The following article originally ran in the Monday, Nov. 13, 1967, edition of the Corvallis Gazette-Times.

OK, national pollsters, now what do you do?

How long are you going to overlook a football team that has marred the record of three of the nation's best football teams?

When you speak of the nation's best teams, how can you overlook the Oregon State Beavers?

"I don't know where they'll put us, but we ought to be in the Top Ten," Dee Andros, the Beaver head coach, feels.

Beaver fans will know tomorrow just where the Orangemen rate in the two major grid polls.

A Rose Bowl berth vanished Saturday, even though Oregon State accomplished its greatest football victory, a 3-0 upset of top-rated Southern California before the state's largest crowd ever for a sporting event, 41,495, at Parker Stadium.

UCLA ended the Beaver hopes with a 48-0 shellacking of Washington in Los Angeles. But national prestige has been with the Beavers all season since they knocked off second-rated Purdue and tied another second-ranked team, UCLA.

But those were secondary compared to Saturday's stirring victory.

"Got any more No. 1 or 2 teams we can play?" Don Whitney, 170-pound defensive halfback, asked.

The Beavers don't. They have to meet a team with a 2-7 record, the University of Oregon Ducks.

"We're not even No. 1 in the state yet ... we've got to get the Ducks," Assistant Coach Sam Boghosian warned in the post-game excitement Saturday.

"We just knocked the hell out of them," Andros said after watching the game movies.

Ron Boley was voted the outstanding lineman of the game by the press box corps. He played magnificent defense, as did Jess Lewis, Skip Vanderbundt, Whitney, Mike Groff and the rest of the OSU defensive unit.

But Andros said: "If ever a guy had an All-American day, it was Jon Sandstrom ... he just knocked the ... out of their guard ... and Boley straightened up Yary (Ron, USC's 245-pound All-American candidate) many times."

Quarterback Steve Preece, who was held to minus yardage by the tough Trojan defense, said: "That defense, what a game it played ... I don't think there has ever been a better defense played anytime, any place."

Certainly not against a team with O.J. Simpson, Earl McCullouch, etc. In the second half the Trojans managed three first downs, 49 net yards rushing and minus four on passes. They never seriously threatened the Beaver defensive unit and the kicking of Gary Houser kept them on their own side of the 50 for 30 stirring minutes except for one short march.

"When I made it, I never figured it would be enough for us to win," Mike Haggard said of his game-winning 30-yard field goal.

Neither did almost anyone in the standing-room-only stands. But the OSU defense must have figured so.

"That's the first shutout I can remember," Andros beamed.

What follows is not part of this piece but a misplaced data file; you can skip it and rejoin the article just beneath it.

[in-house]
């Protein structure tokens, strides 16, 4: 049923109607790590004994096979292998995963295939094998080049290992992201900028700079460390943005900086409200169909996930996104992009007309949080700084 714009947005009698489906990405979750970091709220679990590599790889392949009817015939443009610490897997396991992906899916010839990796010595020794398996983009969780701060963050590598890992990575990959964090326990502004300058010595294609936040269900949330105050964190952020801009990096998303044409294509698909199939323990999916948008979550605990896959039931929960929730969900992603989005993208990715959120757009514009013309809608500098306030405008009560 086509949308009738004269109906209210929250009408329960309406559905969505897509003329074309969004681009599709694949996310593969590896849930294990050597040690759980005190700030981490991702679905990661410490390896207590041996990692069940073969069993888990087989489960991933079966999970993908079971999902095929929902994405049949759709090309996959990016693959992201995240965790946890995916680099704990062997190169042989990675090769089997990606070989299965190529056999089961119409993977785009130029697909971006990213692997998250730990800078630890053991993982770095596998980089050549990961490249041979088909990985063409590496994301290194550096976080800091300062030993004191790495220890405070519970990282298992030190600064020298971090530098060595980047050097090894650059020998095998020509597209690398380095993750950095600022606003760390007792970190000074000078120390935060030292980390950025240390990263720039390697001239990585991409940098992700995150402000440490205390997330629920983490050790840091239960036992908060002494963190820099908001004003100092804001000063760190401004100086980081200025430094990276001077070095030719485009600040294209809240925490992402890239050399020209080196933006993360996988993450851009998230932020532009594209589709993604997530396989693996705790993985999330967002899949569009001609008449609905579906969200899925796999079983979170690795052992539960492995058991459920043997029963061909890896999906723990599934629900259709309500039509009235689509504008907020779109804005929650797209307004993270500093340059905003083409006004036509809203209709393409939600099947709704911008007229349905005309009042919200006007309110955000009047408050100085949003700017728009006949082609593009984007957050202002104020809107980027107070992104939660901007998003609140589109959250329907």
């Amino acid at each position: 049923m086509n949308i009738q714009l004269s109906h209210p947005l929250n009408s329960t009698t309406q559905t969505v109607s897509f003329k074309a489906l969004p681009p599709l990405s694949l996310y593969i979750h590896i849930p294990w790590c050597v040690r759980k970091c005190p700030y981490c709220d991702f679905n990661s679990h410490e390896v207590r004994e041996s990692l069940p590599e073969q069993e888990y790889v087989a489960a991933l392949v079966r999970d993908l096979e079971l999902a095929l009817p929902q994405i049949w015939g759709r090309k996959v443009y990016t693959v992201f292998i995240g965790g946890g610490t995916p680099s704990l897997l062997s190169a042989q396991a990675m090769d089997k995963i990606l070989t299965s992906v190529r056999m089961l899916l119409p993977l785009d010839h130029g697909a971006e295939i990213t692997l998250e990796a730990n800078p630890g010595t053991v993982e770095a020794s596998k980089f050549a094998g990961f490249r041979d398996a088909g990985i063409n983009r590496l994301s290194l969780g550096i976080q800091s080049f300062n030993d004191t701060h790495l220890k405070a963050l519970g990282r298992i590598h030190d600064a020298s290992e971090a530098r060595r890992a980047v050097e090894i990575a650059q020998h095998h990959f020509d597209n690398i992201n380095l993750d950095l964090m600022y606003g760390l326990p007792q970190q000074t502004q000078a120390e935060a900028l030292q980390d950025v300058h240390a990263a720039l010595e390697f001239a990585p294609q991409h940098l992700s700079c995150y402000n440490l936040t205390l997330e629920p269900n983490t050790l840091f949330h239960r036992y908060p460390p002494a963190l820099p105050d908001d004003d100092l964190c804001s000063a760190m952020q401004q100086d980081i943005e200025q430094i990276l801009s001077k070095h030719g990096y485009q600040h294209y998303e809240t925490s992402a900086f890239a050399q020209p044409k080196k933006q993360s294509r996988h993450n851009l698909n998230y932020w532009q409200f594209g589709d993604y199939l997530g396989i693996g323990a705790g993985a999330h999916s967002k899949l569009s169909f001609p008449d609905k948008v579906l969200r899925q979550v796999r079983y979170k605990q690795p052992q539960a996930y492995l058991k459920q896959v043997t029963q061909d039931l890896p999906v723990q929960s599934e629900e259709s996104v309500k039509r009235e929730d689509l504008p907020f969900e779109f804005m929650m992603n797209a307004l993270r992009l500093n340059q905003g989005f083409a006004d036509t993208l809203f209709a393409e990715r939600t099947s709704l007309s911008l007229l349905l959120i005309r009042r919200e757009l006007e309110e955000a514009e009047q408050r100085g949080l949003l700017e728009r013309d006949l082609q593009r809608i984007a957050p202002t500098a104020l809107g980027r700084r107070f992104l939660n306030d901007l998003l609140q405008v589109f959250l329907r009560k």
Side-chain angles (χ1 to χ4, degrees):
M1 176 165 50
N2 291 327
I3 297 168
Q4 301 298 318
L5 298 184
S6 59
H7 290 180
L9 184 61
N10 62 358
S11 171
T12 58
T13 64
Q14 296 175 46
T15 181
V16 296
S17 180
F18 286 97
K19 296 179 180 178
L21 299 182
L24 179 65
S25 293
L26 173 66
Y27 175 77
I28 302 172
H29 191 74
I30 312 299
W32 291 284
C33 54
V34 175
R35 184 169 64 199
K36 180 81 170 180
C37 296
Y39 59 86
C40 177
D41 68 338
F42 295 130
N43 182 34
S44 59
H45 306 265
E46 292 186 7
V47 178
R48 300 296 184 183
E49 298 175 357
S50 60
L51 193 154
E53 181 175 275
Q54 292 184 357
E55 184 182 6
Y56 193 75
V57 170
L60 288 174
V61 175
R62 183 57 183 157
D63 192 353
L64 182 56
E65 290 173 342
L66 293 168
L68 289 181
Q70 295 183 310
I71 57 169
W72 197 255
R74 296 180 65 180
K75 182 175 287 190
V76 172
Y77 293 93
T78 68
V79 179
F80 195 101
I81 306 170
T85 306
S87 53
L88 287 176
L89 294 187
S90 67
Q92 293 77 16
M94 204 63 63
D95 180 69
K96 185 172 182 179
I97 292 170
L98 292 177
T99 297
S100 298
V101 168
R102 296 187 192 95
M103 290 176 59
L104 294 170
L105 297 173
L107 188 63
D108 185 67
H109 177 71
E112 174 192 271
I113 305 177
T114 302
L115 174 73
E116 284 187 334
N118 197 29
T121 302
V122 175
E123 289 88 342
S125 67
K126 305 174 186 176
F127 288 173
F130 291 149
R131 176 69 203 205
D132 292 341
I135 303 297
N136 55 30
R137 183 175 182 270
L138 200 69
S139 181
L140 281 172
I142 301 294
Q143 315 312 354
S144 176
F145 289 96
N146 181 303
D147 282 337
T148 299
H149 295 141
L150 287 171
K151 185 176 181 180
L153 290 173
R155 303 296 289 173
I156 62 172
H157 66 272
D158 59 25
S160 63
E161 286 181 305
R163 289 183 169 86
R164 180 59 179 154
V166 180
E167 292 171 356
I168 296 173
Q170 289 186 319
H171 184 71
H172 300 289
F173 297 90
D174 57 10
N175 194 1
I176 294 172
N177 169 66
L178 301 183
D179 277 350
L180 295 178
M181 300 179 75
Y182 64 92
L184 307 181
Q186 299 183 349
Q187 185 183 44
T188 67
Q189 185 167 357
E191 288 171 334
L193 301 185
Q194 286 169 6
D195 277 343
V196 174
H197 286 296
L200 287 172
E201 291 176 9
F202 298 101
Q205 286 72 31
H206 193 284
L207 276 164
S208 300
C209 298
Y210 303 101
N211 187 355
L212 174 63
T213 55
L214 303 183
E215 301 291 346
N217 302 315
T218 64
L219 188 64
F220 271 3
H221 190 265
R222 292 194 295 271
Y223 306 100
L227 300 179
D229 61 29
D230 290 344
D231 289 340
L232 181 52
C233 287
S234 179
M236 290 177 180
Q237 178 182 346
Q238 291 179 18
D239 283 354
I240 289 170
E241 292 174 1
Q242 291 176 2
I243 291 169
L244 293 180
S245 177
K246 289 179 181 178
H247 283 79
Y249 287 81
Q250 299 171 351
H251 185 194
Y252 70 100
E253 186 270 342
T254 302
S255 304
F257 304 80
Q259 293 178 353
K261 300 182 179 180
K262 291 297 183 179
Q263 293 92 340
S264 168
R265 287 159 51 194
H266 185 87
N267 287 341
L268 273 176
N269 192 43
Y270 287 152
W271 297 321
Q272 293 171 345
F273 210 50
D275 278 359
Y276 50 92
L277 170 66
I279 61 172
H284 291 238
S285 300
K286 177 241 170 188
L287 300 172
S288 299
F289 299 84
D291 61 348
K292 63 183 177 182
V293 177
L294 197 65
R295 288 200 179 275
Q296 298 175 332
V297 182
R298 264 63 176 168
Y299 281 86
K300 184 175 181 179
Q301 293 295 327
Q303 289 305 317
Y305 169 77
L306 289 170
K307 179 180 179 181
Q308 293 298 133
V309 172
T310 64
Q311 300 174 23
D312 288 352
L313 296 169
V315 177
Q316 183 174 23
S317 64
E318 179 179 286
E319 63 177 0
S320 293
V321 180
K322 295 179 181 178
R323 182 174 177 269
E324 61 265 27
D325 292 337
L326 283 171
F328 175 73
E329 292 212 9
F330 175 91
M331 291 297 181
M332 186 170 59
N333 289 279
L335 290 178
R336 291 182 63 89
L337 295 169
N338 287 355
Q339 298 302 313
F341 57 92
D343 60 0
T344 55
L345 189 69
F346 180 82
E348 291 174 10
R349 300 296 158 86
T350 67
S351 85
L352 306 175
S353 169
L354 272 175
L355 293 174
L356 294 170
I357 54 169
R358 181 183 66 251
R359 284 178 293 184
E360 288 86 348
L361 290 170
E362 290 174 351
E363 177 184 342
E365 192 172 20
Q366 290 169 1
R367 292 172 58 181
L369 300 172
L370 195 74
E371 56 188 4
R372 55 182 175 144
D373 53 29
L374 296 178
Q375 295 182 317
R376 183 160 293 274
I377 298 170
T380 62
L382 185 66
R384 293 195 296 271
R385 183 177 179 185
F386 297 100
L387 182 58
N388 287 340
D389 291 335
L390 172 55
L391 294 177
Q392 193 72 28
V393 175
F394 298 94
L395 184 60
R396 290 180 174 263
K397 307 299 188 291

It wasn't his first as a head coach, but the other hardly counts now. It came in his second year at Idaho, 1963, a 14-0 season-ending conquest of Idaho State, an in-state rival but not a major college in football. That's a far cry from blanking USC, the nation's best.

It was also the first Beaver grid shutout since the Liberty Bowl game of 1962, when Terry Baker went 99 yards in a 6-0 win over Villanova.

The Beavers came away with respect for the Trojans, especially the elusive Simpson, who gained 188 yards on 33 carries. But he never crossed the goal line.

"He's the best runner we've faced," Boley and Lewis agreed. He's also the best runner to perform at Parker Stadium.

Offensively, the Beavers did something no team has all season, move the ball on the ground against the Trojan defense. OSU netted 194 yards, 70 more than any team has all season against USC.

"The only statistic I know is 3-0," Andros said immediately afterward.

As the game went along, OSU had less and less trouble with Simpson. He gained 87 yards in the first quarter and 131 on 18 carries at halftime. In the second half he netted 57 on 15 tries and never once threatened to go the distance.

One of the happiest men in Corvallis Saturday was Bud Riley, the defensive backfield coach. His aerial defense gave up just six yards on four completions. The Trojans' pass connections were for 4, 4, 2 and minus 4 yards.

And this was the top passing team in the conference.

Oh, yes, they were the No. 1 team in the nation, too.

"I'm already smelling roses for next season," Bill Enyart, the OSU workhorse who gained 135 yards on 24 carries, said.

And don't forget the Ducks. They might not be No. 1 or No. 2, but they can salvage a miserable season with a win over Oregon State.

"I'm relying on this team's pride to get the job done," Andros said Sunday. "I won't let down now."

NOTE: Oregon State did down the Ducks, 14-10, on Nov. 18. The Beavers ended the season at No. 7 in the final AP poll with a 7-2-1 overall record. At 4-1-1, they tied with UCLA for second place in the Athletic Association of Western Universities (Pac-8) under No. 1 USC, which steamrolled Indiana 14-3 in the 1968 Rose Bowl.


"1967: Conquering giants in a season to remember"

Oct. 23, 1967: "Beavers celebrate greatest football win ever"

Nov. 6, 1967: "Beban says Bruins lucky to gain tie with Beavers"

Nov. 6, 1967: "Rick's Ramblings" (Jack Rickard sports column)

Nov. 13, 1967: "Veteran's Day, 1967 ... one to long remember"

Nov. 13, 1967: "Rick's Ramblings" (Jack Rickard sports column)

Nov. 13, 1967: "It was a great Saturday!" (Gazette-Times editorial)